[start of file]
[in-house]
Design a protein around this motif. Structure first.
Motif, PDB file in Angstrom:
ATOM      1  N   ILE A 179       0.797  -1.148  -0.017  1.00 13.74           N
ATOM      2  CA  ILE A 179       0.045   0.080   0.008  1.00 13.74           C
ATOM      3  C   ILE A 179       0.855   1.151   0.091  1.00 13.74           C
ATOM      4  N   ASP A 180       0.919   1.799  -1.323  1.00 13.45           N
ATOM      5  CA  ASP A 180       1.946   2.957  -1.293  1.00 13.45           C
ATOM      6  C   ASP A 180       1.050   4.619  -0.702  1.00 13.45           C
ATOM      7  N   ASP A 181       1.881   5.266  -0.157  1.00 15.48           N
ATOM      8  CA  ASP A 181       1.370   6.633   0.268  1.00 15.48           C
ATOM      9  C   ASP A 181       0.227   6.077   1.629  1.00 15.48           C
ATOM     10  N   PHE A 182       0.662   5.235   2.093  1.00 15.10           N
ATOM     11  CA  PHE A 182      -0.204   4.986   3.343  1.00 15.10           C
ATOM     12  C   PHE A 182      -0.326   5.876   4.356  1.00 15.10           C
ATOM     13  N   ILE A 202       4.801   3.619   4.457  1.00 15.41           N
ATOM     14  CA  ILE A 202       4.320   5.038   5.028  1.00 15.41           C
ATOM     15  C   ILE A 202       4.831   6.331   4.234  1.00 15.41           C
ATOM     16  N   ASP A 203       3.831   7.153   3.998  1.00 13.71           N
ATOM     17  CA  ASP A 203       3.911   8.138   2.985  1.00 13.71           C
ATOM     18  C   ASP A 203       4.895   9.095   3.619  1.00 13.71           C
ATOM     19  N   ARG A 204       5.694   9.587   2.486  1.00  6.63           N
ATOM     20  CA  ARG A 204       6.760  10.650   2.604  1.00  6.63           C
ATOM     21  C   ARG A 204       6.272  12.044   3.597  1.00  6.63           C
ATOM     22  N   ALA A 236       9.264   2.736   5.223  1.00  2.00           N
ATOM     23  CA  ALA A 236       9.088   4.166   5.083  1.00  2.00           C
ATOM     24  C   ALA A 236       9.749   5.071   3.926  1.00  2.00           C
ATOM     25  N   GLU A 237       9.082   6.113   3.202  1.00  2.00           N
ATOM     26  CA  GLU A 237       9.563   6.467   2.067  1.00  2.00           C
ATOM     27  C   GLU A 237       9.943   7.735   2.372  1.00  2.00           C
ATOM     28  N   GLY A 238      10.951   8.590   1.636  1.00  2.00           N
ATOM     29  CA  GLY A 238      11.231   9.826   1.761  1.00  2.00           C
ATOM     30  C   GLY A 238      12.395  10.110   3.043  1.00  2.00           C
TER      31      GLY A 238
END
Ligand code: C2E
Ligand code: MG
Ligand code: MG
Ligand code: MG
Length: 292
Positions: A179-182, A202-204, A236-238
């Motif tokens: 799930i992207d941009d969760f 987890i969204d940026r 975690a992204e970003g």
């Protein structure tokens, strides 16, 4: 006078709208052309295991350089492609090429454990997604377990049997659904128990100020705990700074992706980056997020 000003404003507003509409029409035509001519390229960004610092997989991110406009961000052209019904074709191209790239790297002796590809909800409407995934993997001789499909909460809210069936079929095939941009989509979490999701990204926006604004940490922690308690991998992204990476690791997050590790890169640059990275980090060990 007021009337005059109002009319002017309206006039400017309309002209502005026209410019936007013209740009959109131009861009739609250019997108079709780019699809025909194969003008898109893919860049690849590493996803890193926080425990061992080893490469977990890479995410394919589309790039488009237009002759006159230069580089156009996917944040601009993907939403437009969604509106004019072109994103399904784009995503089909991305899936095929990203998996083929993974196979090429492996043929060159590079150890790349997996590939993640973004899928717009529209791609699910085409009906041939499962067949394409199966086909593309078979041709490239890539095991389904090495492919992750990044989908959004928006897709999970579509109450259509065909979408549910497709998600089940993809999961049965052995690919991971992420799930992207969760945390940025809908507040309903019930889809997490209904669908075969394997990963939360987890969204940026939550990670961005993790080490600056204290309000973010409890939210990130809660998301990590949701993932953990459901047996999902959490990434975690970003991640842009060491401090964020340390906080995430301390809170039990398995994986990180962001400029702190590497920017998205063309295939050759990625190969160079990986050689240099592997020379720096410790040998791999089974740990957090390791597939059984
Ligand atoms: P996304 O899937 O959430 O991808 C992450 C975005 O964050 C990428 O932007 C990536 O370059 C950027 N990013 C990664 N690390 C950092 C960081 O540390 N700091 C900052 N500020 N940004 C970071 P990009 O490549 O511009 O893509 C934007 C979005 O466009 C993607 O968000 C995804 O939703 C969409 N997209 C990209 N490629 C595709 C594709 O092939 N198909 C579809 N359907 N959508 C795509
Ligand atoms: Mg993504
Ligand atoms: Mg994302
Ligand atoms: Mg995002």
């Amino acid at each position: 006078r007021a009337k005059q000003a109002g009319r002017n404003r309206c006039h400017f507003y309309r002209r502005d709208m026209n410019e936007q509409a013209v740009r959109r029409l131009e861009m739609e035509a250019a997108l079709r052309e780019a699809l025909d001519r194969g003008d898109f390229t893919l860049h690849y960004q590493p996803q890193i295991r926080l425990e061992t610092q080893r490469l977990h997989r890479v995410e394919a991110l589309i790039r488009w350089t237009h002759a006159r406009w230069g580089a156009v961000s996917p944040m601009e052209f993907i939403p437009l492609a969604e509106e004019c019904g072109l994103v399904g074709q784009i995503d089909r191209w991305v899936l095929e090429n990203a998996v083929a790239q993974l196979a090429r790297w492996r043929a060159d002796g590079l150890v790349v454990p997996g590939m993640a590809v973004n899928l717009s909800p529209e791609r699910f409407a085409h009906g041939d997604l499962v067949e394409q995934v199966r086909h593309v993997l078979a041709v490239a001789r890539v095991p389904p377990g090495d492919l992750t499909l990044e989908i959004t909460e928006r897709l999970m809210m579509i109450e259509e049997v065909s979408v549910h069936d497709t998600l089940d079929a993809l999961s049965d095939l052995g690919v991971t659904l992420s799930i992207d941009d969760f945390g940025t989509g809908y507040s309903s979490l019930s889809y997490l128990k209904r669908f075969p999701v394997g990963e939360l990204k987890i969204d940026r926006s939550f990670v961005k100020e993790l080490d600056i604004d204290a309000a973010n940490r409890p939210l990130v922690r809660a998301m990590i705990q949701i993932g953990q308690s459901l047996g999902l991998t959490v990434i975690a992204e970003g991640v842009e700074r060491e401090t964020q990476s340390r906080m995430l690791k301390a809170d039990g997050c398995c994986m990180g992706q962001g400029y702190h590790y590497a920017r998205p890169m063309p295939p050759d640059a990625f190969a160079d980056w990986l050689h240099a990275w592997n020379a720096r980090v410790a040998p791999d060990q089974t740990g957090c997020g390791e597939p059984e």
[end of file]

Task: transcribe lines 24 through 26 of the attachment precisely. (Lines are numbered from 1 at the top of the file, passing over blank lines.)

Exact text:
ATOM     21  C   ARG A 204       6.272  12.044   3.597  1.00  6.63           C
ATOM     22  N   ALA A 236       9.264   2.736   5.223  1.00  2.00           N
ATOM     23  CA  ALA A 236       9.088   4.166   5.083  1.00  2.00           C